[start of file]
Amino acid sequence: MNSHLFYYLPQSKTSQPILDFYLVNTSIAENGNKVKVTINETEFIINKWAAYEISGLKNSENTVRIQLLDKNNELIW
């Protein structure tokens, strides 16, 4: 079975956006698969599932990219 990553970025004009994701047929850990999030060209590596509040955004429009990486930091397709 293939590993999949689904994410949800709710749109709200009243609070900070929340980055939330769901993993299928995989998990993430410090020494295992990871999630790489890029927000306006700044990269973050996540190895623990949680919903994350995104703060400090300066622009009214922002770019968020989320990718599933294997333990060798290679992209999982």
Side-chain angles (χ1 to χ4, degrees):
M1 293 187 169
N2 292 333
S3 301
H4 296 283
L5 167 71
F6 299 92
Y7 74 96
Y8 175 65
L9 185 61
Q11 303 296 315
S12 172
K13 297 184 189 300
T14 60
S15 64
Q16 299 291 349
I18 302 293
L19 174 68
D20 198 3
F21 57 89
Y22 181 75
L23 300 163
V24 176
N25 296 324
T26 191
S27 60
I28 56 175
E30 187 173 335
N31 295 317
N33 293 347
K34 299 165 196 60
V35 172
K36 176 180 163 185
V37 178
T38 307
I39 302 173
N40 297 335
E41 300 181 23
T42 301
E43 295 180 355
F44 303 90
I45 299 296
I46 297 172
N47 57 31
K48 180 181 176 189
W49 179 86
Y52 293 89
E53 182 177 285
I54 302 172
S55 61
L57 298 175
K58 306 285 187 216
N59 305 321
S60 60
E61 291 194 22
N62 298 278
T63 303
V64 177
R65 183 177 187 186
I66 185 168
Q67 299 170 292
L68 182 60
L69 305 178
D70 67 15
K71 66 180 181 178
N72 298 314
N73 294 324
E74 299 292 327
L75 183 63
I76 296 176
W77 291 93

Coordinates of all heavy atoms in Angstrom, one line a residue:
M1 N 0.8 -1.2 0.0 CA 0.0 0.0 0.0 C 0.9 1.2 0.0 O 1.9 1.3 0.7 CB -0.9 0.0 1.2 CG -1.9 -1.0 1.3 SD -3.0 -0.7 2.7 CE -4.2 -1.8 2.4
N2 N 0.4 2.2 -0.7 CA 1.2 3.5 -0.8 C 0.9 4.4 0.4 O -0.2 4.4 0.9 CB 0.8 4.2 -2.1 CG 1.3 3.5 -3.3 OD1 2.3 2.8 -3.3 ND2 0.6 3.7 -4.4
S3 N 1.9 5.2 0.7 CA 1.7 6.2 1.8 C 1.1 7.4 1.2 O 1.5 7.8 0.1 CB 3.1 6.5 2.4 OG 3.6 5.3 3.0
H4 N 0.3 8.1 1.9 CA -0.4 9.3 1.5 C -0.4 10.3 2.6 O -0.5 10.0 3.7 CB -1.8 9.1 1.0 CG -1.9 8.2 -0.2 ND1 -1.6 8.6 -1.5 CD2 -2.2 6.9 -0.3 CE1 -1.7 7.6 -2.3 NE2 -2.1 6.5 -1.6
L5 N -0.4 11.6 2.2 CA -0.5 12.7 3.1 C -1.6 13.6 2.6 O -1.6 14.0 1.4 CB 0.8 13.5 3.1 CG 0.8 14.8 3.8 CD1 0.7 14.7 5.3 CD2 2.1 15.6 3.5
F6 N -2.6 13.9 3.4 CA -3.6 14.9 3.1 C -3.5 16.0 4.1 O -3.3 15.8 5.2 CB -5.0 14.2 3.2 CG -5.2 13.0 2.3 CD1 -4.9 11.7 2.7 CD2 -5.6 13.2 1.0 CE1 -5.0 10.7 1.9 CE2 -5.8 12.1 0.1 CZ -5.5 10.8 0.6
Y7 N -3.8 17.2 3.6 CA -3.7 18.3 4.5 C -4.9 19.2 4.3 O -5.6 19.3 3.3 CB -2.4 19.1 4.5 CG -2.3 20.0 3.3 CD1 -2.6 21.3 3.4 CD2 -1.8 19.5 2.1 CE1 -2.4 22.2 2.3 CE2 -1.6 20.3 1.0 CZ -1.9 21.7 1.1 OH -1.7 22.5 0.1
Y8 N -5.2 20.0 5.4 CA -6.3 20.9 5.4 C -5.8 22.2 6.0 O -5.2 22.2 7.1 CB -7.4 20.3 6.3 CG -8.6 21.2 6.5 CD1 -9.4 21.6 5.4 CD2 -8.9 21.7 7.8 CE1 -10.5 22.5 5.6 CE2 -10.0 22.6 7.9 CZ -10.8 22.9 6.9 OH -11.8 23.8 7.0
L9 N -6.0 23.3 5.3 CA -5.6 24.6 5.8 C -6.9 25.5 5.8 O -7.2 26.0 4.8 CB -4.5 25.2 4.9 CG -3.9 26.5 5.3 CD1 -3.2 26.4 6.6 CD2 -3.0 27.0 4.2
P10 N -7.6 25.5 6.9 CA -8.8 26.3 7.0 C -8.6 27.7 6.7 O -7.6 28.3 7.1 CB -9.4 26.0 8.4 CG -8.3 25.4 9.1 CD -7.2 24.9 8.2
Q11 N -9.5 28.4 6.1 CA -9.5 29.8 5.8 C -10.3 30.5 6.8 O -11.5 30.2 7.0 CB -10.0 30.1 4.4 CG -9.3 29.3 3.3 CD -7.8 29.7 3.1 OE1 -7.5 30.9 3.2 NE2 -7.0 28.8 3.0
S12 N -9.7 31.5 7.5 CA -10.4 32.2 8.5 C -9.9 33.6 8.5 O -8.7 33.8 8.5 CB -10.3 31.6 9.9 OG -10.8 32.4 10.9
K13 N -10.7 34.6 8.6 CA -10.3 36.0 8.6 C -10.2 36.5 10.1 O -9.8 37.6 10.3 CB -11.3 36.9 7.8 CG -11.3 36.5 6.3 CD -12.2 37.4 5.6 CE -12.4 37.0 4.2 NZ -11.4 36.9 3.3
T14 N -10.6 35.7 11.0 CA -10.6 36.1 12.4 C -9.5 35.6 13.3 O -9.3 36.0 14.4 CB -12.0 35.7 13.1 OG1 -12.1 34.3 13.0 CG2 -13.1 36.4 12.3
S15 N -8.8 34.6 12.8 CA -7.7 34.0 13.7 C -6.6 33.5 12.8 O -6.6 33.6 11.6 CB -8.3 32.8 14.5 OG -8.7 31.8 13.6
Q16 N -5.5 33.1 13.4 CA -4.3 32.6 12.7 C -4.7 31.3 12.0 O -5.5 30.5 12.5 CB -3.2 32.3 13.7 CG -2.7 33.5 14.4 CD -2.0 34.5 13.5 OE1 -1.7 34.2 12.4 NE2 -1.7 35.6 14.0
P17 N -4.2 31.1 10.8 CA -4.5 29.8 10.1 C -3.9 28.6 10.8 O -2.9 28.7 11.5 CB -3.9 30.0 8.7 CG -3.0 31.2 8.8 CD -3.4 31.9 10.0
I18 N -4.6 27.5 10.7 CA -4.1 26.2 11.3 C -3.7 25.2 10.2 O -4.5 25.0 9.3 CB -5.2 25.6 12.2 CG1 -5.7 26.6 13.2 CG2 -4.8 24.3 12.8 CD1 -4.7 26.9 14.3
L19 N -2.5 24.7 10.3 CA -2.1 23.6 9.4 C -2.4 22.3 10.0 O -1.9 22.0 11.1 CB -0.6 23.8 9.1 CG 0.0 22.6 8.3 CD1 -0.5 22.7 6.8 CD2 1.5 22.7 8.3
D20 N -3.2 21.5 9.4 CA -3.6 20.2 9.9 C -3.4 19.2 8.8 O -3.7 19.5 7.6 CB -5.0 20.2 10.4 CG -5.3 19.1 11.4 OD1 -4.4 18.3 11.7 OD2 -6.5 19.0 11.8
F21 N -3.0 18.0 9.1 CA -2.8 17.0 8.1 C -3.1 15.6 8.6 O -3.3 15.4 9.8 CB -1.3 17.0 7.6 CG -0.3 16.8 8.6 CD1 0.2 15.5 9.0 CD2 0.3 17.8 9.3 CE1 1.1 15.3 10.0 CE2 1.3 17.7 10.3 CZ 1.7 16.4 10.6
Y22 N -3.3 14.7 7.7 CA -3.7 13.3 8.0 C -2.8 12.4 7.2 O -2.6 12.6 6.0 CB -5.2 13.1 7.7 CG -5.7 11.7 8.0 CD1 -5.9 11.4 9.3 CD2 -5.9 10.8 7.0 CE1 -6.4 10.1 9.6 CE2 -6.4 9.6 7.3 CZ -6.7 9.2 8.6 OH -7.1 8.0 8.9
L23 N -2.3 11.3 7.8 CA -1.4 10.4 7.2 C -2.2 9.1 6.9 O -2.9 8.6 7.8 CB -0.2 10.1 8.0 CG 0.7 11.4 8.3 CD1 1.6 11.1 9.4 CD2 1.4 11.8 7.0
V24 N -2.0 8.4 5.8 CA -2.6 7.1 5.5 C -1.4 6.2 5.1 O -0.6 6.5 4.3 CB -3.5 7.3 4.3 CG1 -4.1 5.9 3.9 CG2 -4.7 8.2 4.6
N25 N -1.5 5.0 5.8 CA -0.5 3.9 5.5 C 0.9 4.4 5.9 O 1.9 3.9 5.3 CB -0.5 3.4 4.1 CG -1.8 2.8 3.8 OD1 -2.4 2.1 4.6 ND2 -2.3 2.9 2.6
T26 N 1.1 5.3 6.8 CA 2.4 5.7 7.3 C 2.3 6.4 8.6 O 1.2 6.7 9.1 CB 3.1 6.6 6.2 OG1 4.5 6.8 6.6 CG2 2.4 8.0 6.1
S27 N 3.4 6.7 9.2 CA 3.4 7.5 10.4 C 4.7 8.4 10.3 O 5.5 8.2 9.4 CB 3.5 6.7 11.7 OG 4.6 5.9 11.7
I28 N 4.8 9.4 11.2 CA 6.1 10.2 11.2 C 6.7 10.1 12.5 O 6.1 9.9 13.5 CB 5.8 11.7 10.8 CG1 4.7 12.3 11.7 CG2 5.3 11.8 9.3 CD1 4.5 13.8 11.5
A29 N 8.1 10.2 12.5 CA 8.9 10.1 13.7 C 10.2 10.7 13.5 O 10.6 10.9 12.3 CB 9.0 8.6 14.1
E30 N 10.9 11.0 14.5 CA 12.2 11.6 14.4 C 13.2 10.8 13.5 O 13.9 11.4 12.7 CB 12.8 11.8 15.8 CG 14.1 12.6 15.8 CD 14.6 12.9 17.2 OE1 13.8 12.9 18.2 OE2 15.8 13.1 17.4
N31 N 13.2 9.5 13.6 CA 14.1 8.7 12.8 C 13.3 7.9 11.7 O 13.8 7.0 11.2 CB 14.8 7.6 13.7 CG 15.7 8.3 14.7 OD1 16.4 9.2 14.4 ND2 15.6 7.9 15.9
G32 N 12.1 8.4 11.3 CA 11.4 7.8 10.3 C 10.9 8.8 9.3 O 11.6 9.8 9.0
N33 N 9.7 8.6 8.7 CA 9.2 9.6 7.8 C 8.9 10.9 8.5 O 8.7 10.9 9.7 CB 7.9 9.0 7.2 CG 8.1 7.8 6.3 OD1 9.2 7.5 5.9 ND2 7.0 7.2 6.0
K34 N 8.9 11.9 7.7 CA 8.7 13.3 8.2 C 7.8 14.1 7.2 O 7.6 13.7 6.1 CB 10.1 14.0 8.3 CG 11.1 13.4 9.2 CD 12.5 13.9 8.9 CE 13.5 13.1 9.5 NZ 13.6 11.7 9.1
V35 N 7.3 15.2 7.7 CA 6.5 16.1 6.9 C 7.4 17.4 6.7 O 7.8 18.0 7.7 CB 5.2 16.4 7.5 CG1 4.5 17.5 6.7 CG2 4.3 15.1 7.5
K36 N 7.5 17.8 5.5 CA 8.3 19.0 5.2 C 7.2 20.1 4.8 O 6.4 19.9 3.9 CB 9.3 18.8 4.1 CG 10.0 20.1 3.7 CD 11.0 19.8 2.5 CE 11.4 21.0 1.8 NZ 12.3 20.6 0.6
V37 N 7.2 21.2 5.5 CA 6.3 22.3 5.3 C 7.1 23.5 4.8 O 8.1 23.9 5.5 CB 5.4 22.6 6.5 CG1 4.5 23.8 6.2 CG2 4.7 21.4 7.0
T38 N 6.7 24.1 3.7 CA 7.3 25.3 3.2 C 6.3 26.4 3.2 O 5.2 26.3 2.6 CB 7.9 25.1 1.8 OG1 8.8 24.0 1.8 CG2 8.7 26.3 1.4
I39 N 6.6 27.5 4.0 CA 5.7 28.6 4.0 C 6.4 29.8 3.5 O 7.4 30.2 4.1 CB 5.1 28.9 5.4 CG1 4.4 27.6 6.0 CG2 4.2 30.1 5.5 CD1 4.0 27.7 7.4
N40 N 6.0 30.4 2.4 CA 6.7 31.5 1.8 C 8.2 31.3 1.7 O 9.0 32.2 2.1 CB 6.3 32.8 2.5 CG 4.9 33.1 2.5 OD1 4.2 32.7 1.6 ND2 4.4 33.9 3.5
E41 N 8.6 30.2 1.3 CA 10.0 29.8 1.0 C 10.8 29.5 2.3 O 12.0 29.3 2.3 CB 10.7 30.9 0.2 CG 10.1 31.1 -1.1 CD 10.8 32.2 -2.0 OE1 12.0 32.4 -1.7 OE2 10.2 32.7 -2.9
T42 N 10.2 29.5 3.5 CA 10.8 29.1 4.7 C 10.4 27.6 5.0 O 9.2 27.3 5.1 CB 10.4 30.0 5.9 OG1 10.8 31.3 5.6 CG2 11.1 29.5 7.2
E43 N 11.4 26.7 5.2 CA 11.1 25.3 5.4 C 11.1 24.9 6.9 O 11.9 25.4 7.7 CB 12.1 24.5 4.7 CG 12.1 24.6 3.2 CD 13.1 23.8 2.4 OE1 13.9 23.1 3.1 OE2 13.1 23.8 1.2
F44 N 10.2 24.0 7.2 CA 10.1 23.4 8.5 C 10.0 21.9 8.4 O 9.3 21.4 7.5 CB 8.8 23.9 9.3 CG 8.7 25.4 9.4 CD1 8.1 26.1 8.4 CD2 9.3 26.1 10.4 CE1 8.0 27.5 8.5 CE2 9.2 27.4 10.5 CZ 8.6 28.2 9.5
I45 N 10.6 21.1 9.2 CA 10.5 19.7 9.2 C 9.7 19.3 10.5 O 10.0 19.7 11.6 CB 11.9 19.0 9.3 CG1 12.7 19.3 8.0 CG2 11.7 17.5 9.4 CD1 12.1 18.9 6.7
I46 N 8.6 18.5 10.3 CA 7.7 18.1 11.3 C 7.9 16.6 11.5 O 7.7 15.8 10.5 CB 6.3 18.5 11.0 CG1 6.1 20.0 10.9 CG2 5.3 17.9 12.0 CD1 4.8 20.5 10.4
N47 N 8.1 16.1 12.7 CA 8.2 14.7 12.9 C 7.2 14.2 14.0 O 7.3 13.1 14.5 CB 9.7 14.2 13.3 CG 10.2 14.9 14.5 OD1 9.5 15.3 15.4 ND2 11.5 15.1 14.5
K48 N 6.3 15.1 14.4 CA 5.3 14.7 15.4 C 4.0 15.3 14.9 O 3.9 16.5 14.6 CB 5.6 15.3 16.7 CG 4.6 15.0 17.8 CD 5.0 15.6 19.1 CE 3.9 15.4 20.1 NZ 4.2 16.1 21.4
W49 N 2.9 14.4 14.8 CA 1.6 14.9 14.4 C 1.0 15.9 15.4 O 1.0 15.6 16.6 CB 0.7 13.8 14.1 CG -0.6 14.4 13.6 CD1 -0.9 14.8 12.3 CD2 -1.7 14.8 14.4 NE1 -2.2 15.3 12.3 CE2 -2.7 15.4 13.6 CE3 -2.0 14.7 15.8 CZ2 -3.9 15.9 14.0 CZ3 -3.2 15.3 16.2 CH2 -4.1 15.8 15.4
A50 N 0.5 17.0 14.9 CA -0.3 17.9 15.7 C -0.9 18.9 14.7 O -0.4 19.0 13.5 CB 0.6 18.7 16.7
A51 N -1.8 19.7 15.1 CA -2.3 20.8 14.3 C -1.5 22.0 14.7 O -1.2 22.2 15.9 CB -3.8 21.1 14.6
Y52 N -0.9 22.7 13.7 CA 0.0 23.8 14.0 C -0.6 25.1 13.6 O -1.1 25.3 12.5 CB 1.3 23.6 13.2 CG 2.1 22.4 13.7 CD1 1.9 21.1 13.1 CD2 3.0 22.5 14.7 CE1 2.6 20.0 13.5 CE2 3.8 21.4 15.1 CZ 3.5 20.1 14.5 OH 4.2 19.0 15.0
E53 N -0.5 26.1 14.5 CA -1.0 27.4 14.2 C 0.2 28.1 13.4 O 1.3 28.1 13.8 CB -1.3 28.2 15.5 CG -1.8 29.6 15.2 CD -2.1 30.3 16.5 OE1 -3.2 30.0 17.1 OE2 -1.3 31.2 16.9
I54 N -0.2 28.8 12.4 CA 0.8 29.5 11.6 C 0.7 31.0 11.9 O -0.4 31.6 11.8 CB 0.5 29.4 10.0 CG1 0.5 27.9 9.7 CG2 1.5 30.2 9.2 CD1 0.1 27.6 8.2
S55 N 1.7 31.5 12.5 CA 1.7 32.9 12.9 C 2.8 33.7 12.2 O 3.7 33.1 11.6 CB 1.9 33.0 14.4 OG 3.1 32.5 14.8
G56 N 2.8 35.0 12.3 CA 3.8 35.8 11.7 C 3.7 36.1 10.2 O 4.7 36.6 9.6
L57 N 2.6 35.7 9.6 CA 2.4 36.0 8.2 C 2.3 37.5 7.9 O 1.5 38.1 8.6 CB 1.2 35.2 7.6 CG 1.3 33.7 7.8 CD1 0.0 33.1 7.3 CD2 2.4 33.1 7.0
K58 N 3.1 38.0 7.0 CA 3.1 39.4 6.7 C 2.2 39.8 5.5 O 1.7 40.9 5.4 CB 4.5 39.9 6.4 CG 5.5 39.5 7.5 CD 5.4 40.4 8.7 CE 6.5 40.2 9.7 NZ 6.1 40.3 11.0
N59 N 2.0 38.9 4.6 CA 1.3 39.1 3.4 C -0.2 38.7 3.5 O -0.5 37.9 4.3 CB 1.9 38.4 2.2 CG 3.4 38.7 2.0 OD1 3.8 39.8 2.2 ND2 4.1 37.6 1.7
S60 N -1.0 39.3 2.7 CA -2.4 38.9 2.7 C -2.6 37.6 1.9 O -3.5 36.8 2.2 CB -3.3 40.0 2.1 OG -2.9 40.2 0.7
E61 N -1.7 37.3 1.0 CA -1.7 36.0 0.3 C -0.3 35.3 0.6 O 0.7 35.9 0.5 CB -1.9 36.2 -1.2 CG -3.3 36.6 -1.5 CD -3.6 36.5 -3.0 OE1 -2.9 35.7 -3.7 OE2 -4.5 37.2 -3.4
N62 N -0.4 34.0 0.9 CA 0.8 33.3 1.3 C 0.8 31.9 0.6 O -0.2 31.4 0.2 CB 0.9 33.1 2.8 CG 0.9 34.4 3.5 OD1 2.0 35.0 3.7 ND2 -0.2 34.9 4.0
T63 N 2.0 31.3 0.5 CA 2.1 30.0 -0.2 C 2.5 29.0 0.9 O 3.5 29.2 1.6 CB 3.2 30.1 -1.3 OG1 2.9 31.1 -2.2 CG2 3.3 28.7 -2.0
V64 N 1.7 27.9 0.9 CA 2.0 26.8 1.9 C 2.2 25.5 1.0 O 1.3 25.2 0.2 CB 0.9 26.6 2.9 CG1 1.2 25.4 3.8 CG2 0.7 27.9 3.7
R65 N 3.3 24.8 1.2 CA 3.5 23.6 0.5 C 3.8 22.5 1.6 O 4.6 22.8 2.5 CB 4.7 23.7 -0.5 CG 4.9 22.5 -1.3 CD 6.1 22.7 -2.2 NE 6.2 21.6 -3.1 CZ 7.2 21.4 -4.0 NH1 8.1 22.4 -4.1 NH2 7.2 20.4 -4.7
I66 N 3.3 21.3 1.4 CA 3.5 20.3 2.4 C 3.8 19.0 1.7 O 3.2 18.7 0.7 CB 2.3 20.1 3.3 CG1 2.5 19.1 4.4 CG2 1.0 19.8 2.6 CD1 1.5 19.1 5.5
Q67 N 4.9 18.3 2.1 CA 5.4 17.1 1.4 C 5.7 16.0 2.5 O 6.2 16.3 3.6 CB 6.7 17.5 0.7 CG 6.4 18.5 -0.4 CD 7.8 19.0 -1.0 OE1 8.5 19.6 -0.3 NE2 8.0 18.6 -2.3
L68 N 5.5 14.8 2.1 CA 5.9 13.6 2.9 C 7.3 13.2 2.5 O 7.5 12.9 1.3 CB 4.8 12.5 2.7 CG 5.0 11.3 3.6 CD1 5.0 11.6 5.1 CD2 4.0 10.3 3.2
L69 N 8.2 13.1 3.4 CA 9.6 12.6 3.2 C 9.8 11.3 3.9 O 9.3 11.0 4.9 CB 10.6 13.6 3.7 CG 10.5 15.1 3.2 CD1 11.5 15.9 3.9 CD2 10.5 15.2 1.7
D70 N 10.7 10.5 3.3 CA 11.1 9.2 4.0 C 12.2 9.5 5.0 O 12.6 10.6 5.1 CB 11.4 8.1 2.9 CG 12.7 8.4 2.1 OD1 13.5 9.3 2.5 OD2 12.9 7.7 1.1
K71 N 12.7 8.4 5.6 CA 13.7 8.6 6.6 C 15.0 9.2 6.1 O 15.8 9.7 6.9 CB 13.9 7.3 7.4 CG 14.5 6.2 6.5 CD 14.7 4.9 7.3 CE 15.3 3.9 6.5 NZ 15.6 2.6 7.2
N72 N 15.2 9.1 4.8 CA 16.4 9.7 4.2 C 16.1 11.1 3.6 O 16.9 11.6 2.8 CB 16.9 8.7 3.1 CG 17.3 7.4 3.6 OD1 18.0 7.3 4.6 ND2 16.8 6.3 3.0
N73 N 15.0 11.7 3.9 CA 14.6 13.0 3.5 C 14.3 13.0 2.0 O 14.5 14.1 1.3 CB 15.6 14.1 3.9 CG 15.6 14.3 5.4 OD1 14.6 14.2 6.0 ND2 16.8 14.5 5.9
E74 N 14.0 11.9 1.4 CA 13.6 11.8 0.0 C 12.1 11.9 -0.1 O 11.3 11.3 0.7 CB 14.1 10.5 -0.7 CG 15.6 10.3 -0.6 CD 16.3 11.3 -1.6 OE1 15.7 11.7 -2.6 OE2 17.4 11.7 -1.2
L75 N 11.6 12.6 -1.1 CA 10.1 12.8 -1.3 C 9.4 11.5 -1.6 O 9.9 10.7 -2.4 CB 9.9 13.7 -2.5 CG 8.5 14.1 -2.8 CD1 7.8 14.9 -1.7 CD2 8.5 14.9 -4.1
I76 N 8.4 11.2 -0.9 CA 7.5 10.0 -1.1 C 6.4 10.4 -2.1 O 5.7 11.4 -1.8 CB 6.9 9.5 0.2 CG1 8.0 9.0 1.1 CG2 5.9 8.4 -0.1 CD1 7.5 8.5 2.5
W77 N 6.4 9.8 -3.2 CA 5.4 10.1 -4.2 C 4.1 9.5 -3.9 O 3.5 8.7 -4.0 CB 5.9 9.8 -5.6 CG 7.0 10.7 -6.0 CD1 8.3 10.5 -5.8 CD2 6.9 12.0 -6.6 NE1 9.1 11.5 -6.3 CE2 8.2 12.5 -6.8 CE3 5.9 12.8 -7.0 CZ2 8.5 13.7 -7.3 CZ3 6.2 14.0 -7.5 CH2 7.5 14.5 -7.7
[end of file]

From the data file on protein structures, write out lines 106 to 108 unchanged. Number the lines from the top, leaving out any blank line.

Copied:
G32 N 12.1 8.4 11.3 CA 11.4 7.8 10.3 C 10.9 8.8 9.3 O 11.6 9.8 9.0
N33 N 9.7 8.6 8.7 CA 9.2 9.6 7.8 C 8.9 10.9 8.5 O 8.7 10.9 9.7 CB 7.9 9.0 7.2 CG 8.1 7.8 6.3 OD1 9.2 7.5 5.9 ND2 7.0 7.2 6.0
K34 N 8.9 11.9 7.7 CA 8.7 13.3 8.2 C 7.8 14.1 7.2 O 7.6 13.7 6.1 CB 10.1 14.0 8.3 CG 11.1 13.4 9.2 CD 12.5 13.9 8.9 CE 13.5 13.1 9.5 NZ 13.6 11.7 9.1